A stupefying collection of design from the patchwork of Northern European nation states vaguely known as “Scandinavia,” Scandinavian Design is both eye candy and an education.
Through 700+ biography-driven illustrated pages we’re led from the decorative to the industrial, from the design we live with every day and rarely consider, to the pieces we covet, and to the innovations that never made it past their prototype.
When we think of Scandinavian Design we tend to think mid-century – the sexy bent wood furniture of Alvar Aalto, the smooth forms of Dansk, the irresistibly groovy world of Verner Panton – and while the book does give ample space to the iconic, we’re reminded that Scandinavian design doesn’t begin and end mid-twentieth century. The authors cover every significant Northern European design influence over the past 100+ years, from the arcane to the ordinary, from slippers to Saabs, while providing an important and intriguing contextual relationship that allows for a more meaningful understanding of the influences and evolution that informs one design development to another. And because there are never more than two or three pages devoted to any one designer or design house, you can jump in anywhere and get a design fix on the fly.
Highlighting the modern while encouraging us to contemplate the simple, functional, everyday beauty that is Fiskars scissors, Electrolux vacuums, Legos, or a set of stacking spouted melamine mixing bowls by Rosti, there are surprises here of all stripes – like the design of early mobile phones and Hasselblad cameras, to ambitious efforts like Timo Salli’s Jack-in-the-Box television.
Warning: May induce design fatigue even among die-hards, but every time you pick up this volume you’ll discover something new.
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Over the past decade or so, Lauren McLaughin (previously) has written a handful of outstanding YA novels, each dealing with difficult issues of gender, personal autonomy and the casual cruelty of teens, starting with Cycler (and its sequel, Re-Cycler) (a teenaged girl who turned into a boy for four days every month); Scored (a class-conscious surveillance dystopia); The Free (a desperate novel about a teen car-thief in juvie) and now, her best book yet: Send Pics, a gripping thriller about sextortion, high school, revenge and justice.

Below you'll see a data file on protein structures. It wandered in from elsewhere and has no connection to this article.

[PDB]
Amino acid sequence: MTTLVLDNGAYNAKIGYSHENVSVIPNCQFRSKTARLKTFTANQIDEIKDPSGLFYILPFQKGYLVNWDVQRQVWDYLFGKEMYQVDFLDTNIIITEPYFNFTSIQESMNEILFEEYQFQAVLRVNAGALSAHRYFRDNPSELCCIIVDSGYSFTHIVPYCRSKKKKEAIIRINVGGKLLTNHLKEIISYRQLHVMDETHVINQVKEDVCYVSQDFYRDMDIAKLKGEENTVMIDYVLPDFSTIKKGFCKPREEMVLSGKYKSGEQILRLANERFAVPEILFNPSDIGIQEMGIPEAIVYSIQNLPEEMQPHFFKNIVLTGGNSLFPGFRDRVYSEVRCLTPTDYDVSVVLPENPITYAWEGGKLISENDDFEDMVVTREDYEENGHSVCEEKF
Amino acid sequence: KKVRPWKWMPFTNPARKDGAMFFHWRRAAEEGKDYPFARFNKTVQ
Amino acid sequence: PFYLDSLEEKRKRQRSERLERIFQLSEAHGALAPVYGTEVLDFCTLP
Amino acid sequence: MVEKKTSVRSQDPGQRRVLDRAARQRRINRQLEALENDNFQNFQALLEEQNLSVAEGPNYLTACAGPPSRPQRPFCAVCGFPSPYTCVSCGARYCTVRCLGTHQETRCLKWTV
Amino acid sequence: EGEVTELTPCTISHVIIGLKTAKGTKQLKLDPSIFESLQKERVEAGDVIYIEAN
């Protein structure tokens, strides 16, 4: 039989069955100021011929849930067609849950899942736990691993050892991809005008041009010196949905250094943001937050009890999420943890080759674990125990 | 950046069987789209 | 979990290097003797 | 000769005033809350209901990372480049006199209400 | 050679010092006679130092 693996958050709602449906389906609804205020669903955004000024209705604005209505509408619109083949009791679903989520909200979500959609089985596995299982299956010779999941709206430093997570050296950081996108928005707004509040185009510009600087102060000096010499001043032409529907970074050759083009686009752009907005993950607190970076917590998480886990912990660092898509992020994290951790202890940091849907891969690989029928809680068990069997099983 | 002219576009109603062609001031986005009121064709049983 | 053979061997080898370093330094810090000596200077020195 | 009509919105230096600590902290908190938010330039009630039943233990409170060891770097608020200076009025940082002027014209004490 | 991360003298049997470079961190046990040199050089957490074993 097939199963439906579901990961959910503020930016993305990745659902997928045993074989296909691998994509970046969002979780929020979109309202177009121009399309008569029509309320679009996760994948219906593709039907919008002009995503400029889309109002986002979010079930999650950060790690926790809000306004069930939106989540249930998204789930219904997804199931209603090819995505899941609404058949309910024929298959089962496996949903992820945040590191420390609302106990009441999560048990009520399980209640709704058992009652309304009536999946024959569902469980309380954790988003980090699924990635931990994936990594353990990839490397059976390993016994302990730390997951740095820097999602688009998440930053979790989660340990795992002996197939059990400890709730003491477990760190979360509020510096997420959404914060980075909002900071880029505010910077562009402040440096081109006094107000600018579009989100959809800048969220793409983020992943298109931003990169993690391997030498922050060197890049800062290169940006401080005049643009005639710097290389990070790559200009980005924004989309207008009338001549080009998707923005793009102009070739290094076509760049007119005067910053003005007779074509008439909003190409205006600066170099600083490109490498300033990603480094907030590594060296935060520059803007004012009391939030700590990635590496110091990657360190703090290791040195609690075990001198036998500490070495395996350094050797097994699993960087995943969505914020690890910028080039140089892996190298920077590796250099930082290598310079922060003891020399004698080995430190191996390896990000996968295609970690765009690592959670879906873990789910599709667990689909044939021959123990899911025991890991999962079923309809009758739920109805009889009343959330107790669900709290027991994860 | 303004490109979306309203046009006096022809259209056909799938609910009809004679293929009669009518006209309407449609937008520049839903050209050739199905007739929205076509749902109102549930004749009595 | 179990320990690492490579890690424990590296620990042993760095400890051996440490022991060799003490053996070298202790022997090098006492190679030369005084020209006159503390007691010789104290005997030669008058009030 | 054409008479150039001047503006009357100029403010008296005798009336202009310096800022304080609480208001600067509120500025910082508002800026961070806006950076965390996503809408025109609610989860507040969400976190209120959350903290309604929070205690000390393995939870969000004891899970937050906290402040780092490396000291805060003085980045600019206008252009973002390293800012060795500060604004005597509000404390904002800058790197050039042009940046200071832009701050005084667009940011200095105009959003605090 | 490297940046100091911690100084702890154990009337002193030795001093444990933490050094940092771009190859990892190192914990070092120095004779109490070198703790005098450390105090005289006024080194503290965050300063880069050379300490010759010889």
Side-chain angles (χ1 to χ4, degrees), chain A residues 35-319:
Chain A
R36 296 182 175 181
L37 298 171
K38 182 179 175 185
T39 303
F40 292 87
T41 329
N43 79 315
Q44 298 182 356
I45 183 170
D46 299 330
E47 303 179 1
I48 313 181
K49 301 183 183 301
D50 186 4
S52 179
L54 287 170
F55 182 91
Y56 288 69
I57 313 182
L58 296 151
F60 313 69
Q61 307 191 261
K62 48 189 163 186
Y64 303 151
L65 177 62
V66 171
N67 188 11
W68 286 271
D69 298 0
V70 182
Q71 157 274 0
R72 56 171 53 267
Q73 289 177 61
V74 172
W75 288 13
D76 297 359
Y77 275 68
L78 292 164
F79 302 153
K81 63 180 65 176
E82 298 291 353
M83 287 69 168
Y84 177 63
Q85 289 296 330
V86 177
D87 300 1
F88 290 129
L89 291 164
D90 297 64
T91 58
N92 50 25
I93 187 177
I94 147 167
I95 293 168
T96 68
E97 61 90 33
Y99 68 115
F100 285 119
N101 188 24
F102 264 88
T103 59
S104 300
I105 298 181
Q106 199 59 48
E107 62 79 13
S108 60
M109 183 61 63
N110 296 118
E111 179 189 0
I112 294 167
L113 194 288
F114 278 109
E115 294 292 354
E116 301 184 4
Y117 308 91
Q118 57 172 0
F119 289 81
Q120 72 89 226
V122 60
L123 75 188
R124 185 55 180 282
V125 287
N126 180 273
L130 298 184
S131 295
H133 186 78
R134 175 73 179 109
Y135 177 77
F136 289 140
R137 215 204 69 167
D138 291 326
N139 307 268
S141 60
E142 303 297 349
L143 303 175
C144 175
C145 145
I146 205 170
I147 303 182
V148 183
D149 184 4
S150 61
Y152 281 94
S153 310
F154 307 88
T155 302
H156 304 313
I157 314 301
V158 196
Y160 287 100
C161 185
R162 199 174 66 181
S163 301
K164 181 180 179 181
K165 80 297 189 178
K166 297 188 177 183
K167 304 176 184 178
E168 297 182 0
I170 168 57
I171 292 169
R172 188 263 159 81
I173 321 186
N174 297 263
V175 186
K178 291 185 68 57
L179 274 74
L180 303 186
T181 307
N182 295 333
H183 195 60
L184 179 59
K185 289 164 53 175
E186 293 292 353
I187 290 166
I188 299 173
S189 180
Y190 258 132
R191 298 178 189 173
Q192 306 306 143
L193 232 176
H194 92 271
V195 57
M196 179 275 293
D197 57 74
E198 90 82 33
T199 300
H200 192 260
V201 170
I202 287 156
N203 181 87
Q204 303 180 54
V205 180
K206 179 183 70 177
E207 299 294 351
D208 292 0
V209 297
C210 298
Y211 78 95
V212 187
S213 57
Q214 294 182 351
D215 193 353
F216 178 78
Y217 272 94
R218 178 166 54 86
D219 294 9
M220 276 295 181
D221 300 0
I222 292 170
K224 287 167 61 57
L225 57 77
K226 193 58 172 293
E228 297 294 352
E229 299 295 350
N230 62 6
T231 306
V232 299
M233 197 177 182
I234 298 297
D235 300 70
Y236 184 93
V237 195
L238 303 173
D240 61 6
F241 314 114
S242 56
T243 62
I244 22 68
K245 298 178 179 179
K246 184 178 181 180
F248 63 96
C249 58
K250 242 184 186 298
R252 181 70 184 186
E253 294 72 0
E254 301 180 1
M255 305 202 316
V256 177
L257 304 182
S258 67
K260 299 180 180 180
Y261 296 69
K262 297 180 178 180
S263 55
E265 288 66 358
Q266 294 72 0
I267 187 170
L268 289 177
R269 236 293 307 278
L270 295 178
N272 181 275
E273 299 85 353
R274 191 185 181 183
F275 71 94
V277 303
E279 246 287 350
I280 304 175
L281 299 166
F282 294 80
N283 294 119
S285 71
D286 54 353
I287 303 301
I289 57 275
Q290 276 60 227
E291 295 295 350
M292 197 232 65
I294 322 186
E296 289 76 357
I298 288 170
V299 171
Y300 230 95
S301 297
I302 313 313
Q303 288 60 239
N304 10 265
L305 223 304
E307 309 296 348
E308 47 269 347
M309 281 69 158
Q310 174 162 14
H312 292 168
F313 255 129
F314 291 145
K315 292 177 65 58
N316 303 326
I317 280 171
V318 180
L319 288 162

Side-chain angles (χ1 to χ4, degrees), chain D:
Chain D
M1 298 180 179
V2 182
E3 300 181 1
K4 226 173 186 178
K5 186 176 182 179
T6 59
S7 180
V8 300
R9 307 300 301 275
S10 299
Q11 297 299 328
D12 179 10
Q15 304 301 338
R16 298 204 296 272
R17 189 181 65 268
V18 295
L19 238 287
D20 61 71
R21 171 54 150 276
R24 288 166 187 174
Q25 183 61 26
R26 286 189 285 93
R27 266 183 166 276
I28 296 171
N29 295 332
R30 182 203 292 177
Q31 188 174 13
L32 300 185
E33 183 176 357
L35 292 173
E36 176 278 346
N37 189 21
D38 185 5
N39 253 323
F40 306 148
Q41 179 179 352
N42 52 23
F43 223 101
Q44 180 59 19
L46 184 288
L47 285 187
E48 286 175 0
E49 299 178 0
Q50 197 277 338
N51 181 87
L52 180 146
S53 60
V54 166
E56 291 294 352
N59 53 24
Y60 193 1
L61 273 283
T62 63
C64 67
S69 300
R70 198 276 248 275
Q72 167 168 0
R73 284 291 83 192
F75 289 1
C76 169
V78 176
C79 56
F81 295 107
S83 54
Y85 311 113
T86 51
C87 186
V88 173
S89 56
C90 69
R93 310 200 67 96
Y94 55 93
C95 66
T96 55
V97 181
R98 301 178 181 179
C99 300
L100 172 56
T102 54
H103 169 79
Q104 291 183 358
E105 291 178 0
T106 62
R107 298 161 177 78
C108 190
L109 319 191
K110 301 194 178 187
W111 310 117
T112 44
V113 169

Wendy Liu grew up deeply enmeshed in technology, writing code for free/open source projects and devouring books by tech luminaries extolling the virtues of running tech startups; after turning down a job offer from Google, Liu helped found an ad-tech company and moved from Montreal to New York City to take her startup to an incubator. As she worked herself into exhaustion to build her product, she had a conversion experience, realizing that she was devoting her life to using tech to extract wealth and agency from others, rather than empowering them. This kicked off a journey that Liu documents in her new book, Abolish Silicon Valley: How to Liberate Technology from Capitalism, a memoir manifesto that's not just charming -- it's inspiring.
Matt Ruff is one of science fiction and fantasy's most consistently brilliant and innovative authors, whose recent work includes The Mirage (an incredible alternate history in which the Global War on Terror is kicked off when Christian crusaders from the blighted, tribal USA fly a plane into the United States of Arabia's Twin Towers in Dubai, giving the hawkish CIA chief Osama bin Laden the chance to launch the all-out war he's been champing for), and Lovecraft Country (an anti-racist reimagining of Cthulhu set in Jim Crow America where the real horror is white supremacy -- now being adapted for TV by Jordan Peele). In his new novel, 88 Names, Ruff adds to the canon of MMORPG heist novels (Charlie Stross's Rule 34, Neal Stephenson's Reamde, and my For the Win, to name three) with a unique take that he dubbed "Snow Crash meets The King and I."
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